Alabama Leather Flower This sprawling herb in the buttercup family (Ranunculaceae) grows up to one foot high in full sunlight in wet, silt-clay areas bordering creeks and bottomland woods. It produces blue, inch-long, bell-shaped flowers in April and May. Known only from Georgia and Alabama, it is found here in Cherokee, Etowah, and St. Clair Counties. It was listed in September 1986.
American Chaffseed (Schwalbea americana)
This species in the broomrape family (Orobanchaceae) is a hemi-parasite, meaning that it is dependent on a variety of host plants for part of its nutritional requirements. It prefers open, moist savannas and is adapted to surviving frequent fires during dry periods. Large, tubular, purplish-yellow flowers are produced from April to June. This species is found from New Jersey south to Florida and Alabama; in Alabama, it has been recorded in Baldwin, Bullock, Geneva, and Mobile Counties. It was listed in September 1992.
Fleshy-Fruit Gladecress (Leavenworthia crassa)
This Alabama endemic—a member of the mustard family (Brassicaceae)— is only known from Lawrence and Morgan Counties. It grows in wet cedar glades (ecosystems with thin soils over near-surface or exposed bedrock), in low pastures and fields, and at roadsides. Yellow to white flowers with four cross-like petals appear during March and April, with round-to-oblong fruits appearing soon after. It was listed in August 2014.
Gentian Pinkroot (Spigelia gentianoides)
Gentian pinkroots grow in pine-dominated forests of the Florida Panhandle and adjacent southernmost Alabama, where it is found in Geneva County. In these dry and highly fragmented habitats, the plant produces tubular white flowers whose five pointed lobes are tinged with pink. It was listed in November 1990.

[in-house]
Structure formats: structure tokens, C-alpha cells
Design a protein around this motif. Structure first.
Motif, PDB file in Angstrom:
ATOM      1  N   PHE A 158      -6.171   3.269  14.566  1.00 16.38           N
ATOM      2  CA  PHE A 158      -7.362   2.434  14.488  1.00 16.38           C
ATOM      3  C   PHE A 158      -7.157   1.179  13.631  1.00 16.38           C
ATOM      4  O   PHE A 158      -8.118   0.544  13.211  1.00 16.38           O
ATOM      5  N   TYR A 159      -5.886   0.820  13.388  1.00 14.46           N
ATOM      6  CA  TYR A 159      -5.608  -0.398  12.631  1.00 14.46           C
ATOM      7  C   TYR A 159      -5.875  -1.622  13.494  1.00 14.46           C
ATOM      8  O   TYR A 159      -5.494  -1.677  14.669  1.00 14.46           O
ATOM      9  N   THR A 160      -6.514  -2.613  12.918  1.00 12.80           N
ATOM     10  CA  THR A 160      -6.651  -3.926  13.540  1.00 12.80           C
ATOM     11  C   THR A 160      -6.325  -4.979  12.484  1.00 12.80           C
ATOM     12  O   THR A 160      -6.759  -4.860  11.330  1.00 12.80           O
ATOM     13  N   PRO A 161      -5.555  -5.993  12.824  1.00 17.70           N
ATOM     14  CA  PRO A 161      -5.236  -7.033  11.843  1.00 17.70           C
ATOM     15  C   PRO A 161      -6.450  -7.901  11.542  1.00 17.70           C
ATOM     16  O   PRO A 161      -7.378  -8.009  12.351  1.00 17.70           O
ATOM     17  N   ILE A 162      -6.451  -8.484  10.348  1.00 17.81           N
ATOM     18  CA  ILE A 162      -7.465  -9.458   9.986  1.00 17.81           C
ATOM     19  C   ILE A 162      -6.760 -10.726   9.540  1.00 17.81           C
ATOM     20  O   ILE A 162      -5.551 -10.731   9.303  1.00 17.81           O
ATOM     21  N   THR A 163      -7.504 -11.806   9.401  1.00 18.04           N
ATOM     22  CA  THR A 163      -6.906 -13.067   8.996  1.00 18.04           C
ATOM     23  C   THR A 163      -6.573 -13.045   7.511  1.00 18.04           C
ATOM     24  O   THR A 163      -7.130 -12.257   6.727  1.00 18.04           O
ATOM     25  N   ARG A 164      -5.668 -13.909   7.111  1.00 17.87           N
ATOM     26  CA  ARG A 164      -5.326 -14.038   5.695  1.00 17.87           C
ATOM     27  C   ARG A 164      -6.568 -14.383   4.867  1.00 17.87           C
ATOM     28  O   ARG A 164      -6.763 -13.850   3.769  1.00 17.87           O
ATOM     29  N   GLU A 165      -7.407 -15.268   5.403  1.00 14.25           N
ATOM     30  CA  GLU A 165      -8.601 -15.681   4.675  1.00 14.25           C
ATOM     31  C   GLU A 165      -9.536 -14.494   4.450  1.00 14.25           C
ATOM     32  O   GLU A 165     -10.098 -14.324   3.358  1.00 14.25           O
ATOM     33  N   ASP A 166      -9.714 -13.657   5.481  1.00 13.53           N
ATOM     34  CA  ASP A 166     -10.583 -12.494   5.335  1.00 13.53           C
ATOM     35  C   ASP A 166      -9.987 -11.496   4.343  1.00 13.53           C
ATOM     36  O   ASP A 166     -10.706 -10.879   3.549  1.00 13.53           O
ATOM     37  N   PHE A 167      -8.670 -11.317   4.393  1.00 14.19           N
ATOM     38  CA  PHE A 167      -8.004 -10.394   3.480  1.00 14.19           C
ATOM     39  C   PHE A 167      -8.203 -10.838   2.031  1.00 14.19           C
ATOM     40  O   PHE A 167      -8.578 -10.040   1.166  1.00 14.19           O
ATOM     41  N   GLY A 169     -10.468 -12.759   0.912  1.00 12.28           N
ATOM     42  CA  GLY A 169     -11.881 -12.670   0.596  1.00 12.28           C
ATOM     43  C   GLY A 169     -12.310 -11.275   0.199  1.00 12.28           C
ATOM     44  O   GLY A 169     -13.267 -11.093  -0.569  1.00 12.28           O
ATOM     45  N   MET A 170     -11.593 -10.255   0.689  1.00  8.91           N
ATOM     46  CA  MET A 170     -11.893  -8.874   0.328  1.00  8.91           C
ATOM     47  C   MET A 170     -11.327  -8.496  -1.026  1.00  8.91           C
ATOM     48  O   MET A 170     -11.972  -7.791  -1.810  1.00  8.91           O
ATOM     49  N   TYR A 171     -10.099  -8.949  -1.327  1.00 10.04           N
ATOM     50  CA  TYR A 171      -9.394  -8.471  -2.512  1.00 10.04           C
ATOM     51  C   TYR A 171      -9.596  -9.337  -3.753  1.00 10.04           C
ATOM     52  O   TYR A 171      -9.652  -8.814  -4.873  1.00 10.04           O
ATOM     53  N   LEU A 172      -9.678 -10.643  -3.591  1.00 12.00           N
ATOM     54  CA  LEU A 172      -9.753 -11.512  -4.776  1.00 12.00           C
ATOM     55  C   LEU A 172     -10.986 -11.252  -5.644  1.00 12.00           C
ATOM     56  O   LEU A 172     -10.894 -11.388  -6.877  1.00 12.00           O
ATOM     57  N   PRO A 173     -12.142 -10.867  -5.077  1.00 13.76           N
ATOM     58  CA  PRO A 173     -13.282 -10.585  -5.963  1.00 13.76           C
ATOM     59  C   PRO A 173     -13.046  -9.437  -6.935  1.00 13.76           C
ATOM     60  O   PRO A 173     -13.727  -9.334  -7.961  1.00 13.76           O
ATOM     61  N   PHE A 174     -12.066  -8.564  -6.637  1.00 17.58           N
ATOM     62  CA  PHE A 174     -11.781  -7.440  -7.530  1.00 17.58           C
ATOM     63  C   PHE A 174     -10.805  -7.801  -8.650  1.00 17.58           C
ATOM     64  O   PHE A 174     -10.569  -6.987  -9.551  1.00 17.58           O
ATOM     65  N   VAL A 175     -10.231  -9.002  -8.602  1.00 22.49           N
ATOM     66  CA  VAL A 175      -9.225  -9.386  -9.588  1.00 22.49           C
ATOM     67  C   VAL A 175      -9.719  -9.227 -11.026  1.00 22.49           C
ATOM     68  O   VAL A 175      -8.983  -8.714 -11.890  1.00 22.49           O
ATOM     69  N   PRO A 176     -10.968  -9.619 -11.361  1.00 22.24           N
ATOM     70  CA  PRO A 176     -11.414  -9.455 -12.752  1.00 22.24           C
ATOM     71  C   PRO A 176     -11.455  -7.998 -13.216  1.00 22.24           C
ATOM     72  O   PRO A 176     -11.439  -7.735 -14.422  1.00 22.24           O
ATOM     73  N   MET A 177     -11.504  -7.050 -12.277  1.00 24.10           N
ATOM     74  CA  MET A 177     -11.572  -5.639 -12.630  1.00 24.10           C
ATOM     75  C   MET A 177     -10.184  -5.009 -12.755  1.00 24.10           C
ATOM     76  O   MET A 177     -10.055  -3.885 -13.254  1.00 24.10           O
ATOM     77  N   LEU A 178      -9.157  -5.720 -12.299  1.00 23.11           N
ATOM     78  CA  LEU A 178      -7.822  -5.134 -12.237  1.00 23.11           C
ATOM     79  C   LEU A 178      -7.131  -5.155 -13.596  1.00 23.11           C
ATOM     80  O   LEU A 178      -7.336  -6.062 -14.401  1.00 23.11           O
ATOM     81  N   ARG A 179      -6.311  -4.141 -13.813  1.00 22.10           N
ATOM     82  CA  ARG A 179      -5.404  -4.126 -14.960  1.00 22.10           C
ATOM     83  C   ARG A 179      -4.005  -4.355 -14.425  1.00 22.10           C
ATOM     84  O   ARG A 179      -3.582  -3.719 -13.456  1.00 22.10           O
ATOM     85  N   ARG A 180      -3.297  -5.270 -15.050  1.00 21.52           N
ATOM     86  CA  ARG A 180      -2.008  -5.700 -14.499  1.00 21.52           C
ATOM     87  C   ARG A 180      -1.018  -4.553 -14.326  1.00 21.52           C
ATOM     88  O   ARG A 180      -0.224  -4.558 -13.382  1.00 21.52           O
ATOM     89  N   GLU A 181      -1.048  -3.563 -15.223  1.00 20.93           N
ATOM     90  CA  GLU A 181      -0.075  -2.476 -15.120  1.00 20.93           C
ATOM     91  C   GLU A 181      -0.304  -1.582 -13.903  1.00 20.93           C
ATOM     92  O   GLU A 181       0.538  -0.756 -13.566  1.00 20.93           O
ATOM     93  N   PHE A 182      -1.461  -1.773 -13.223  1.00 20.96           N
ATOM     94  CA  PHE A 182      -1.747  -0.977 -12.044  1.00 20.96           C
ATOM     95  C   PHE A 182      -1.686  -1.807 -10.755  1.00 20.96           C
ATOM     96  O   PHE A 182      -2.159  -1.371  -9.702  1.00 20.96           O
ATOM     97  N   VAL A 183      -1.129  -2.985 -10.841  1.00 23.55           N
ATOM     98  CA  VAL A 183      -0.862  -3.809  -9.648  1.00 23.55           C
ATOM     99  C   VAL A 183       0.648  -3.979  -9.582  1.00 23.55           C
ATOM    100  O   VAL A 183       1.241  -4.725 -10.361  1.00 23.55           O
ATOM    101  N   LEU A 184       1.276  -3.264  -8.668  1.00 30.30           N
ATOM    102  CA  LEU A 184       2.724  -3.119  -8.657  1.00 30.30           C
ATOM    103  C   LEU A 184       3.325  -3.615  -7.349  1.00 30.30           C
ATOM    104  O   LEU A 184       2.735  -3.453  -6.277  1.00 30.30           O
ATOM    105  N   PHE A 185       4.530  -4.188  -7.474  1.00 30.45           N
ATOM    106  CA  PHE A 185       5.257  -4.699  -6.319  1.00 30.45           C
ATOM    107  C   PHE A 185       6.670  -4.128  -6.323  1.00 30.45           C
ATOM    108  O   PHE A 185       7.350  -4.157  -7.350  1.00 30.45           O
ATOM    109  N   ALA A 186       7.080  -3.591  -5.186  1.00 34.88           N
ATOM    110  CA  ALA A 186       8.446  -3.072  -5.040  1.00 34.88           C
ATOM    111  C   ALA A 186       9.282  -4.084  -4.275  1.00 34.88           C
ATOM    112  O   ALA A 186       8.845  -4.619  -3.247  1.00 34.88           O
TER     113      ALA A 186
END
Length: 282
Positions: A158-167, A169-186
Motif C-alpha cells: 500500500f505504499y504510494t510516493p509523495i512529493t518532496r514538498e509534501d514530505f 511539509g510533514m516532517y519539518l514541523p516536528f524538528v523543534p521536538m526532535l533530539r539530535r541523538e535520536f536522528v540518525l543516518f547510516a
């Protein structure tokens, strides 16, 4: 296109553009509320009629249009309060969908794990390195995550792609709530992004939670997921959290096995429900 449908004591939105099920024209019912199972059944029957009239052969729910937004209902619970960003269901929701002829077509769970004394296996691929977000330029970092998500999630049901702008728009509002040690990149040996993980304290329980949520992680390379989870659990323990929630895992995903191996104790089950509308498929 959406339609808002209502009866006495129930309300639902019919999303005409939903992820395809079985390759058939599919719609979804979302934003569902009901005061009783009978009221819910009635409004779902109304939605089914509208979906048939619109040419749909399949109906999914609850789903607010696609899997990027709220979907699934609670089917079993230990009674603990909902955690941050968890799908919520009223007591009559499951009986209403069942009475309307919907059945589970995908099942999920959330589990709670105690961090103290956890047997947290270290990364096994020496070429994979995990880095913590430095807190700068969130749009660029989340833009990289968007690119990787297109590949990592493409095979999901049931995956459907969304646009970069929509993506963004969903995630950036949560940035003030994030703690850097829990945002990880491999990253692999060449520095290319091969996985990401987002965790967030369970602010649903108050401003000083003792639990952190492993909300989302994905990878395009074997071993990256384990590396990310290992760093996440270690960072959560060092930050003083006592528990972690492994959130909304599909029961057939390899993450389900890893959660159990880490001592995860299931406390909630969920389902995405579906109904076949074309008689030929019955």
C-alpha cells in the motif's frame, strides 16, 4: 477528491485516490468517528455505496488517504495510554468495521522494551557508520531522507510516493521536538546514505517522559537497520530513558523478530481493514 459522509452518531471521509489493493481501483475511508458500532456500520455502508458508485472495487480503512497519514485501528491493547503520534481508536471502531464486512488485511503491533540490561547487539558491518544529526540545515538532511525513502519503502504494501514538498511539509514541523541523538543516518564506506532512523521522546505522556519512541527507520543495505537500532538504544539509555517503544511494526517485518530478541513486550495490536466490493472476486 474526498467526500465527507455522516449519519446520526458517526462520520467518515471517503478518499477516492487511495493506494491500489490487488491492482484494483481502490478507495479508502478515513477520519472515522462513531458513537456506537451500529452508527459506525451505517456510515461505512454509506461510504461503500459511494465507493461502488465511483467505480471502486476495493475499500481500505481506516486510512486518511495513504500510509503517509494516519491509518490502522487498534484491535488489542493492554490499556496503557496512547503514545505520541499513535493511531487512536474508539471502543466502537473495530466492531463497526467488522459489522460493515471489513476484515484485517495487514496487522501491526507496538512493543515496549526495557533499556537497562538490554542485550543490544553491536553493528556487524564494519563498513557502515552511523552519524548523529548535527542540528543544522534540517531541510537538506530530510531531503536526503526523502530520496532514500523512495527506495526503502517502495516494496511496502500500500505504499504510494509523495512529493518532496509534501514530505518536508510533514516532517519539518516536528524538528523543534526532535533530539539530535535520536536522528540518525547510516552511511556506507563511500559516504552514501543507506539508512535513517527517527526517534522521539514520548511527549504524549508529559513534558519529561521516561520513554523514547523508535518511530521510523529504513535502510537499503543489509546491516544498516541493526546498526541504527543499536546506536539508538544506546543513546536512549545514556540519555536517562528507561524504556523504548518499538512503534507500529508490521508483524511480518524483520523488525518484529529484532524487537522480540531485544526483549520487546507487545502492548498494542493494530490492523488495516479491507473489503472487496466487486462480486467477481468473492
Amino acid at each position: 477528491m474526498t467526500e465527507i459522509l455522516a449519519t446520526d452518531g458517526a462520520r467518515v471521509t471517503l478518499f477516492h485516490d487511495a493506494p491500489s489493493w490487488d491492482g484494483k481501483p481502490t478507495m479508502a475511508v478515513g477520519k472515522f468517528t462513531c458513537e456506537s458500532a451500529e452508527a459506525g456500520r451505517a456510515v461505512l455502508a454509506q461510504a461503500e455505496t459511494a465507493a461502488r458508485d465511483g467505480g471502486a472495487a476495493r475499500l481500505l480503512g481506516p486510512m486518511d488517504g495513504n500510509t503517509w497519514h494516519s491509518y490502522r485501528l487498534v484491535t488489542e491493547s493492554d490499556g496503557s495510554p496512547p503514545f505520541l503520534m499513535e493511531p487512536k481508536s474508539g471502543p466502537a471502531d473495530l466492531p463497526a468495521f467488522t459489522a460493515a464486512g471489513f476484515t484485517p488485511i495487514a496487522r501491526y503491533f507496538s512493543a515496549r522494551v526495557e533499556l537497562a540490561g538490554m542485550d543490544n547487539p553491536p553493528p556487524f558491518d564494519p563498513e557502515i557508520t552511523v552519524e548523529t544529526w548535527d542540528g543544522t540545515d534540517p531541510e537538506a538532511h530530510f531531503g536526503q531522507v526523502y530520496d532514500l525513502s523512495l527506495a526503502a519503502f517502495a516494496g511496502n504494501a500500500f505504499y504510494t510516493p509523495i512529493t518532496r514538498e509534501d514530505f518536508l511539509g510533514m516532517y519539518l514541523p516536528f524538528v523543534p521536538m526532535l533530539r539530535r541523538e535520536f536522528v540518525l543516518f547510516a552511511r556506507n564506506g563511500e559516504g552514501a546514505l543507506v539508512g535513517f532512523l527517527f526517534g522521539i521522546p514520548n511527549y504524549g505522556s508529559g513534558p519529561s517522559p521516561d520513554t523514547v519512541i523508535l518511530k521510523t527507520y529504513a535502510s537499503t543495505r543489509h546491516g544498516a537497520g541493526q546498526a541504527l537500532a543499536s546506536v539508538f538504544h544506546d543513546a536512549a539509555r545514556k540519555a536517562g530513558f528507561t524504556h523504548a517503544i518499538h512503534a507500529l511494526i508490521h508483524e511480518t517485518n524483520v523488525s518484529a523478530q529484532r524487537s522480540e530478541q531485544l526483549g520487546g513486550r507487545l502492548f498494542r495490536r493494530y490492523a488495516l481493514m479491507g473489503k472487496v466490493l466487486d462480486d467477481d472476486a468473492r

Green Pitcher Plant (Sarracenia oreophila)
Green Pitcher Plant Unlike the Alabama pitcher plant, this species grows along wet streambanks or near seeps (wet areas or pools created by groundwater discharge) in upland areas of Alabama, Georgia, and North Carolina. Both its drooping flowers and erect, tubular leaves are green. In Alabama, it is found in Cherokee, DeKalb, Elmore, Etowah, Jackson, and Marshall Counties. It was listed in October 1979.
Harperella (Ptilimnium nodosum)
This small herbaceous species in the carrot family (Apiaceae) is restricted to rocky creek banks and shoals of Alabama, North Carolina, and West Virginia. Clusters (called umbels) of small, inconspicuous white flowers appear in June and July; following seed formation, the plants die back to the ground. In Alabama, this species is found in Cherokee, Cullman, DeKalb, Tuscaloosa, and Walker Counties. Its common name honors Roland Harper, long-time botanist for the Geological Survey of Alabama. It was listed in October 1988.